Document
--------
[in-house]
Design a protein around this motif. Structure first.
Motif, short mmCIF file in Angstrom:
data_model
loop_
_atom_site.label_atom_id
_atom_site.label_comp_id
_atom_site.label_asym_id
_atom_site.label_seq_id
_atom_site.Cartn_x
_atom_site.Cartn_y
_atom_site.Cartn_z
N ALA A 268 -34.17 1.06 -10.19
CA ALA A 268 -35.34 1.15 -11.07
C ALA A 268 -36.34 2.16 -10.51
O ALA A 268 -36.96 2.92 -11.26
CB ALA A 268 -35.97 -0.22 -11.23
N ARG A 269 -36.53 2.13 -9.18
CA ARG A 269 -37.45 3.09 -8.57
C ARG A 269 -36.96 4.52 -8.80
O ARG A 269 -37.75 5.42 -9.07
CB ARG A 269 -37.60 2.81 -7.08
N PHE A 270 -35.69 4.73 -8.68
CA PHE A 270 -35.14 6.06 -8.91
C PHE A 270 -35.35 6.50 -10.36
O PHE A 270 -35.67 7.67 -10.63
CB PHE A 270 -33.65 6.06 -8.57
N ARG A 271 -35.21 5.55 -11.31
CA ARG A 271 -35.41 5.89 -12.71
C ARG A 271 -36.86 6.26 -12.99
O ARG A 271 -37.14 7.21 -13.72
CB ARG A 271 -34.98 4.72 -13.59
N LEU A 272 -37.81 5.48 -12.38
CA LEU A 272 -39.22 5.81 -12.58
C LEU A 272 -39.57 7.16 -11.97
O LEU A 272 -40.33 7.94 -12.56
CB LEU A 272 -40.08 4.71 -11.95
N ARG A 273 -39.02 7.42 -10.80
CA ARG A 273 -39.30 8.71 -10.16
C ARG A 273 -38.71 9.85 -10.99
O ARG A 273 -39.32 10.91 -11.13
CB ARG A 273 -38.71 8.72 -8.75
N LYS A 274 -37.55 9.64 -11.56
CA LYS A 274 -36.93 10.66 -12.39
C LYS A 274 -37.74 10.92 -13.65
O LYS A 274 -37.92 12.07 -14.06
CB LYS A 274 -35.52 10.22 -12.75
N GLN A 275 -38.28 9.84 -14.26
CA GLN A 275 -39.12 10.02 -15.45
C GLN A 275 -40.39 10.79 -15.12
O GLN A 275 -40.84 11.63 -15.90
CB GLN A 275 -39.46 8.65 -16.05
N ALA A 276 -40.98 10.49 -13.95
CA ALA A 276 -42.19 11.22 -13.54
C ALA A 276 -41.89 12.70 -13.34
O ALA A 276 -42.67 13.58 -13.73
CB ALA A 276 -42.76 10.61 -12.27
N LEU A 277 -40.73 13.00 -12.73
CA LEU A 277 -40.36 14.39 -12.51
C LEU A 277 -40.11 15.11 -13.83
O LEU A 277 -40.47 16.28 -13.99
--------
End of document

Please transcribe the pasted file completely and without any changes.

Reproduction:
[in-house]
Design a protein around this motif. Structure first.
Motif, short mmCIF file in Angstrom:
data_model
loop_
_atom_site.label_atom_id
_atom_site.label_comp_id
_atom_site.label_asym_id
_atom_site.label_seq_id
_atom_site.Cartn_x
_atom_site.Cartn_y
_atom_site.Cartn_z
N ALA A 268 -34.17 1.06 -10.19
CA ALA A 268 -35.34 1.15 -11.07
C ALA A 268 -36.34 2.16 -10.51
O ALA A 268 -36.96 2.92 -11.26
CB ALA A 268 -35.97 -0.22 -11.23
N ARG A 269 -36.53 2.13 -9.18
CA ARG A 269 -37.45 3.09 -8.57
C ARG A 269 -36.96 4.52 -8.80
O ARG A 269 -37.75 5.42 -9.07
CB ARG A 269 -37.60 2.81 -7.08
N PHE A 270 -35.69 4.73 -8.68
CA PHE A 270 -35.14 6.06 -8.91
C PHE A 270 -35.35 6.50 -10.36
O PHE A 270 -35.67 7.67 -10.63
CB PHE A 270 -33.65 6.06 -8.57
N ARG A 271 -35.21 5.55 -11.31
CA ARG A 271 -35.41 5.89 -12.71
C ARG A 271 -36.86 6.26 -12.99
O ARG A 271 -37.14 7.21 -13.72
CB ARG A 271 -34.98 4.72 -13.59
N LEU A 272 -37.81 5.48 -12.38
CA LEU A 272 -39.22 5.81 -12.58
C LEU A 272 -39.57 7.16 -11.97
O LEU A 272 -40.33 7.94 -12.56
CB LEU A 272 -40.08 4.71 -11.95
N ARG A 273 -39.02 7.42 -10.80
CA ARG A 273 -39.30 8.71 -10.16
C ARG A 273 -38.71 9.85 -10.99
O ARG A 273 -39.32 10.91 -11.13
CB ARG A 273 -38.71 8.72 -8.75
N LYS A 274 -37.55 9.64 -11.56
CA LYS A 274 -36.93 10.66 -12.39
C LYS A 274 -37.74 10.92 -13.65
O LYS A 274 -37.92 12.07 -14.06
CB LYS A 274 -35.52 10.22 -12.75
N GLN A 275 -38.28 9.84 -14.26
CA GLN A 275 -39.12 10.02 -15.45
C GLN A 275 -40.39 10.79 -15.12
O GLN A 275 -40.84 11.63 -15.90
CB GLN A 275 -39.46 8.65 -16.05
N ALA A 276 -40.98 10.49 -13.95
CA ALA A 276 -42.19 11.22 -13.54
C ALA A 276 -41.89 12.70 -13.34
O ALA A 276 -42.67 13.58 -13.73
CB ALA A 276 -42.76 10.61 -12.27
N LEU A 277 -40.73 13.00 -12.73
CA LEU A 277 -40.36 14.39 -12.51
C LEU A 277 -40.11 15.11 -13.83
O LEU A 277 -40.47 16.28 -13.99